Interacting with a broad spectrum of people can be one of the best things about working in an office. A broad range of perspectives, personalities and backgrounds can make for a vibrant environment that offers wonderfully inventive ideas and solutions.
Even a medium-sized business is likely to have a fantastic cross-section of attitudes: desk-ghosts and midnight martyrs, I’m-too-busies and always-delivers, natural leaders and born followers, let’s-be-friends and office hardarses, always-stressed and she’ll be rights, office-clown and no-nonsensers, team players and lone rangers.
A business should pride itself on the eclectic range of individuals who make up its workplace, and this genuinely serves to improve culture, foster creativity… and it’s also more fun.
But there are some personalities that are just plain negative – the kind that bring morale down and therefore you could genuinely do without.
That’s not to say you should just shove these people out the door. A good leader should strive to get the best out of everyone, not just turf people who aren’t performing to their optimum.
So what’s the best way to deal with the personalities who can be particularly problematic for fostering strong culture in your office?
Let’s be clear, there’s nothing wrong with having a bit of a whinge once in a while. We all get frustrated from time to time, and, usually, having a bit of a vent can sort it all out. You get it out of your system over a cuppa with a trusted colleague, realise things aren’t really that bad, and crack on.
We all do it, it’s fine.
But there’s nothing worse than that member of the team who’s apparently never heard of Monty Python and always finds a way to look on the dark side of life. They’re the people who have a million and one reasons for what’s wrong with a situation, but precisely zero solutions.
This isn’t to say you want to surround yourself with ‘yes’ people, who smile and nod as things are going down the gurgler; but honesty cuts both ways – honest people can also recognise and celebrate when things are going well.
Interestingly, a study from the University of Michigan discovered that people who are constantly pointing out business shortcomings may actually be doing the largest disservice to themselves, as constantly pointing out co-workers’ shortcomings is mentally fatiguing.
“The irony of that is, when people are mentally fatigued, they’re less likely to point out problems anymore,” said Russell Johnson, a management professor who co-authored the study.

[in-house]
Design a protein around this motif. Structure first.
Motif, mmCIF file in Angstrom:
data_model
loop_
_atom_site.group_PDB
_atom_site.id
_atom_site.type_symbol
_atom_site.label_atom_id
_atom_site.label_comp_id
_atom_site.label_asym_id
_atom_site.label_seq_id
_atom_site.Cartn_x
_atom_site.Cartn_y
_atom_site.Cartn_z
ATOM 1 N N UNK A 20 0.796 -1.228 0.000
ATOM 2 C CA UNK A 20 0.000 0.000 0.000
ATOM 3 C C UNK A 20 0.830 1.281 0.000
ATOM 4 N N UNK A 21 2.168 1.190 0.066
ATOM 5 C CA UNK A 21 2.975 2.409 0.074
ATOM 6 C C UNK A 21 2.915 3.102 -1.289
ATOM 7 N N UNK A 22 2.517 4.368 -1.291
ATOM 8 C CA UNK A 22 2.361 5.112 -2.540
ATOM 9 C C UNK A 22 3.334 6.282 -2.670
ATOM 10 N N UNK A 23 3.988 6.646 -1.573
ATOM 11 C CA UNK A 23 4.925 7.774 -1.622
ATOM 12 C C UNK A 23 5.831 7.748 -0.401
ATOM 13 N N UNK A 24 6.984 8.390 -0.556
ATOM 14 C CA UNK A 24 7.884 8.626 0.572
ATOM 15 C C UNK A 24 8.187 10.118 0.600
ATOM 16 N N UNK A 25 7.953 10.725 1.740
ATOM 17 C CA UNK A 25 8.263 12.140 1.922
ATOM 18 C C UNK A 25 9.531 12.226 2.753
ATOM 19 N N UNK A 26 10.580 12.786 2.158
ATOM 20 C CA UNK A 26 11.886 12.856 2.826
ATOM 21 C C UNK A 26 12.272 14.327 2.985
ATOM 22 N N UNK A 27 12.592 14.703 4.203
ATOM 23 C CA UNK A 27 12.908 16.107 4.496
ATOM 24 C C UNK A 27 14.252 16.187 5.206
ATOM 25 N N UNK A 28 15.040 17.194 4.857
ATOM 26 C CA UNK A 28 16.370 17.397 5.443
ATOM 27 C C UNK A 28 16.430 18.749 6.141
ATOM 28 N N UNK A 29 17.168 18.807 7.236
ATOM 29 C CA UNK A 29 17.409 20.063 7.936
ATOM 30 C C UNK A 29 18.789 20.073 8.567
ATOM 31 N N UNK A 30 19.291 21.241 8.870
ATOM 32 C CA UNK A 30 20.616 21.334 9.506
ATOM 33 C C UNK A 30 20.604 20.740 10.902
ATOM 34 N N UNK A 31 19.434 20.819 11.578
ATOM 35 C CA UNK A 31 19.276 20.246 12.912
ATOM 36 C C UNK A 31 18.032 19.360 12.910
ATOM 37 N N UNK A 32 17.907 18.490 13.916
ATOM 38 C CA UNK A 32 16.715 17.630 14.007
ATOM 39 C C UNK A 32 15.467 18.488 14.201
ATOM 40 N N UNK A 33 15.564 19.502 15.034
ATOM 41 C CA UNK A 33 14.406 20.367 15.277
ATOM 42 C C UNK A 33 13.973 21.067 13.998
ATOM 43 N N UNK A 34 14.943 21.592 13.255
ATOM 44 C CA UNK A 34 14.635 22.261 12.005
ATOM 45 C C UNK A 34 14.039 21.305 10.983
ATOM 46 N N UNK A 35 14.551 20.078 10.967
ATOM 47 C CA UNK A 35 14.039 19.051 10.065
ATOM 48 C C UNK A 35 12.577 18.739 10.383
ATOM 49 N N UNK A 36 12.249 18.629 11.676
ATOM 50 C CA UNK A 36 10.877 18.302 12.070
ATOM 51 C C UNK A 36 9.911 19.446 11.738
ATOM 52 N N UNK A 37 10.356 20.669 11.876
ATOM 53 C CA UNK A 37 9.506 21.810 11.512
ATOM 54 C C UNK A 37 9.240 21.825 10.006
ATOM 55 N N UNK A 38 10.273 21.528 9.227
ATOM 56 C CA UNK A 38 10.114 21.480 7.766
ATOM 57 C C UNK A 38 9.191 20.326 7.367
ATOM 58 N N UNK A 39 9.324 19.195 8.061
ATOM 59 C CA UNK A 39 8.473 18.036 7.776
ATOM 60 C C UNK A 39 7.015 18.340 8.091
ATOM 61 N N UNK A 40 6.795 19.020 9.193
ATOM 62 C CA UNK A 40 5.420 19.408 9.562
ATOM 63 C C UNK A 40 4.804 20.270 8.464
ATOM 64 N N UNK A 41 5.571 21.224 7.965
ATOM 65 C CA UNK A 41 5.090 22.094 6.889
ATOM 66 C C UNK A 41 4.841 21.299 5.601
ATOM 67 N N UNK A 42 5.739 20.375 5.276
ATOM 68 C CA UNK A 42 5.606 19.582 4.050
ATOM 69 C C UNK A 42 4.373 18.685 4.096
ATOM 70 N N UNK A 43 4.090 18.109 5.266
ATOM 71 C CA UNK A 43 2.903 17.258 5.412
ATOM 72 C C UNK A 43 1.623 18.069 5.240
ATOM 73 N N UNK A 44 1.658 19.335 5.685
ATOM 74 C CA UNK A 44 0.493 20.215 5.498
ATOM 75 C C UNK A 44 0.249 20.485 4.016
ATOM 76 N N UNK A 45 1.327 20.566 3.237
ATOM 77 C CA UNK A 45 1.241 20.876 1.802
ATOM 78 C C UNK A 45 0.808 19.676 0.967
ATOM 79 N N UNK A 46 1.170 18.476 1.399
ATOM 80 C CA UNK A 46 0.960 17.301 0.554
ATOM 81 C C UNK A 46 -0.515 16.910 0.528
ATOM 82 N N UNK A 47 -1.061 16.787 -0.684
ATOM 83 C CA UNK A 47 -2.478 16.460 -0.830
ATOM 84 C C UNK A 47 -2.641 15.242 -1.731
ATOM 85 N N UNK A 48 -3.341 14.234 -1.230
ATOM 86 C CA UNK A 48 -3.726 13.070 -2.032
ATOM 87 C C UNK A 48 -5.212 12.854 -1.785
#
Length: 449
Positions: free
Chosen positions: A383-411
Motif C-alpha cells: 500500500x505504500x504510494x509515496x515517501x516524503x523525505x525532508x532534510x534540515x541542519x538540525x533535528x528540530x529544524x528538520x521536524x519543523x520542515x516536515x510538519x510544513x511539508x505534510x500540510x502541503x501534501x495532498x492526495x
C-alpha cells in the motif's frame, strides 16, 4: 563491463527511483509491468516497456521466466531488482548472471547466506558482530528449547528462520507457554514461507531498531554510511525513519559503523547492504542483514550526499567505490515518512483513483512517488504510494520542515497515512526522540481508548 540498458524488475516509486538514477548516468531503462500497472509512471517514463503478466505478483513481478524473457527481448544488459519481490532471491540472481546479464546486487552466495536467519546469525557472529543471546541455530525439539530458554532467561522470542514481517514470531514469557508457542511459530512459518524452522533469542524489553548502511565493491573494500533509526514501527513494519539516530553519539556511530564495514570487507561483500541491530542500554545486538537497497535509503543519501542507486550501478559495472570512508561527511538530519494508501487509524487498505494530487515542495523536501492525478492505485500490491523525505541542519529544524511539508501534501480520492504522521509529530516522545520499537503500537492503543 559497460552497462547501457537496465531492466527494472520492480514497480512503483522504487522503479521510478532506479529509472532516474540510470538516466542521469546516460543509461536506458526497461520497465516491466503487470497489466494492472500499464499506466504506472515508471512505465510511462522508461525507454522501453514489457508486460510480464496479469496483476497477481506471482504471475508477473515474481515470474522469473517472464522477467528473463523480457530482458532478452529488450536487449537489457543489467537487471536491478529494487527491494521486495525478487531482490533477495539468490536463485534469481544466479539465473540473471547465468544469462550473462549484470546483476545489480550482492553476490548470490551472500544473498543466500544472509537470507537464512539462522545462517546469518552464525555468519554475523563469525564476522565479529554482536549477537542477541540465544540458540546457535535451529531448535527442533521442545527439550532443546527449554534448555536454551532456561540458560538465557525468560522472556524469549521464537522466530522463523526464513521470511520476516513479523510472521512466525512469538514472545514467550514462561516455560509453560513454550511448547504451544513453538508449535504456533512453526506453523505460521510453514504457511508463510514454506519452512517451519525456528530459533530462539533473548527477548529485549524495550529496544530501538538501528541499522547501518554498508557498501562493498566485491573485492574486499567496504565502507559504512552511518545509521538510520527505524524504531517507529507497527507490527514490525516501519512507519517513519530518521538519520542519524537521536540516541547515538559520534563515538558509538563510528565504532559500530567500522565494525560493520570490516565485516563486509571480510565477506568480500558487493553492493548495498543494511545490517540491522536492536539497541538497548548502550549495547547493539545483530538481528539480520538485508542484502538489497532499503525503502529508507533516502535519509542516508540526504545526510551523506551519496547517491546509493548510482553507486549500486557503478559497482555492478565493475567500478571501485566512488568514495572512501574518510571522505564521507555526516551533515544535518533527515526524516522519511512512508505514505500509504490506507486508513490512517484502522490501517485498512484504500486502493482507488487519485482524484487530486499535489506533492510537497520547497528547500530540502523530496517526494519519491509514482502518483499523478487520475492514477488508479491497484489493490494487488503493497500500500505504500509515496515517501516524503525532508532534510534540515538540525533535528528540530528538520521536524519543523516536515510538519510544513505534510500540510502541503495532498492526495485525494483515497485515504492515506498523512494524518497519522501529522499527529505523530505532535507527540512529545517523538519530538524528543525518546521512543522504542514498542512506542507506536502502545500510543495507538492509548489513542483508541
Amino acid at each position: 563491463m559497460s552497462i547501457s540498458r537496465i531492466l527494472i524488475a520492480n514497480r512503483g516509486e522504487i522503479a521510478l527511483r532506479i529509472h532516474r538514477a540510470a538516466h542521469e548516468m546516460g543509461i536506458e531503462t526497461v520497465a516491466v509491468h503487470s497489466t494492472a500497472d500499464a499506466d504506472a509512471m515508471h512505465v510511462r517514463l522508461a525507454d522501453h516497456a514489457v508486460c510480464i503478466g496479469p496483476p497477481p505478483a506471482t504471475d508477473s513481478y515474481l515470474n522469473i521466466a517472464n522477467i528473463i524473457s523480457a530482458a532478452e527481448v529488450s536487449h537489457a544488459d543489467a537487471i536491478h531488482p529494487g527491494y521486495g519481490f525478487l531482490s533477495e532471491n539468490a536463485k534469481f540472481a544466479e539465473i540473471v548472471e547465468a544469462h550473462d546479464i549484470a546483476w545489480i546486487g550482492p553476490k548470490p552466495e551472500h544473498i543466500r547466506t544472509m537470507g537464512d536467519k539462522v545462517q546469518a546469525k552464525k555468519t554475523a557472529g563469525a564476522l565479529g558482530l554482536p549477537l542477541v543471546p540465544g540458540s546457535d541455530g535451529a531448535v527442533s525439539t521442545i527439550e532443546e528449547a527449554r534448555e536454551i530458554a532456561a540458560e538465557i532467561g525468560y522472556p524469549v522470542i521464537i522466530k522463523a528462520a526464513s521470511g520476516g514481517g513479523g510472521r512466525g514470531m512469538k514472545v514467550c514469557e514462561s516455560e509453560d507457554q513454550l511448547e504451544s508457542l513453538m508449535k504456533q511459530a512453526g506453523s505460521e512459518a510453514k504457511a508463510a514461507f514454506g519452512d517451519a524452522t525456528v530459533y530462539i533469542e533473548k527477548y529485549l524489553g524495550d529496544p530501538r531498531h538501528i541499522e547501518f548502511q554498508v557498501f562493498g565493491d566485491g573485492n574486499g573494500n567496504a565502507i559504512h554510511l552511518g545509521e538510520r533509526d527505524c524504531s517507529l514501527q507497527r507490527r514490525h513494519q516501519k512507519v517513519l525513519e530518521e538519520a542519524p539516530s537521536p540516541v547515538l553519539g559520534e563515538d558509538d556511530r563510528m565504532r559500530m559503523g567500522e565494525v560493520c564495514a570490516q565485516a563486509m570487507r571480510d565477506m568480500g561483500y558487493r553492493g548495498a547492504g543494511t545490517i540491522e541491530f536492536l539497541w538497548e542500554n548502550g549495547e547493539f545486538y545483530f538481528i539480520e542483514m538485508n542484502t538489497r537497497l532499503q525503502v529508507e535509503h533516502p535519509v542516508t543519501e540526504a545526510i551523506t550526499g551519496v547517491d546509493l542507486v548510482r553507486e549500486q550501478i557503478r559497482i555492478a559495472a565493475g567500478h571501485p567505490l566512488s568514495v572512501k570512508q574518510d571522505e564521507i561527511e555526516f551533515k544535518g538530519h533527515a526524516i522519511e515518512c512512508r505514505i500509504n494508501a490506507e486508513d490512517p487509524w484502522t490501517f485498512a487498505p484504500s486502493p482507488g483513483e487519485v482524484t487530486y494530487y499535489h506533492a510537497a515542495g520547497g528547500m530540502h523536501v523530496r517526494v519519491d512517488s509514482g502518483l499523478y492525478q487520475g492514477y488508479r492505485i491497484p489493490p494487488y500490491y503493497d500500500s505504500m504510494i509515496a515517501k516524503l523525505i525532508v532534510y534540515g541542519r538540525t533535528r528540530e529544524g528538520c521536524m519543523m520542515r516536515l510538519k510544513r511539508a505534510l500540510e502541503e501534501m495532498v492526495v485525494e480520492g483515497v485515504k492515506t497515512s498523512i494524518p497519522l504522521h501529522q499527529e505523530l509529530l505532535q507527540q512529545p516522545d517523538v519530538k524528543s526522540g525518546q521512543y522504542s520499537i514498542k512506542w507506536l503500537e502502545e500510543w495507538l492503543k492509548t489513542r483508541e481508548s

“In addition, their own work performance suffers, they’re less likely to be cooperative and helpful, and they even exhibit deviant behaviours such as being verbally abusive and stealing from the employer.”
As for the way to strike a balance between Debbie downers and yes men, the solution is… solutions.
Mr Johnson said it’s worth thinking about rewarding those who point out problems that affect positive change: “In that case, maybe other employees would be more accepting of someone pointing out errors if they know this is what the company wants them to do – that the person isn’t acting outside the norm.”
Essentially, you want to encourage a culture of fixing what’s broken, not just pointing it out.
The office bully
If negative people are a drain, then bullies just plain suck.
The Australian Human Rights Commission deals with the issue at length on its website, pointing out what it is, what it can look like, how it can affect performance, and what you can do if you are being bullied.
One of the most important facts highlighted by the commission is that “some types of workplace bullying are criminal offences” which can be reported to the police. However, the examples given that are deemed worthy of police action are “violence, assault and stalking”, and most bullies’ actions tend to be insidious – it’s a gradual buildup of factors.
To combat this, the commission recommends keeping a diary of what has happened and how you’ve tried to stop it.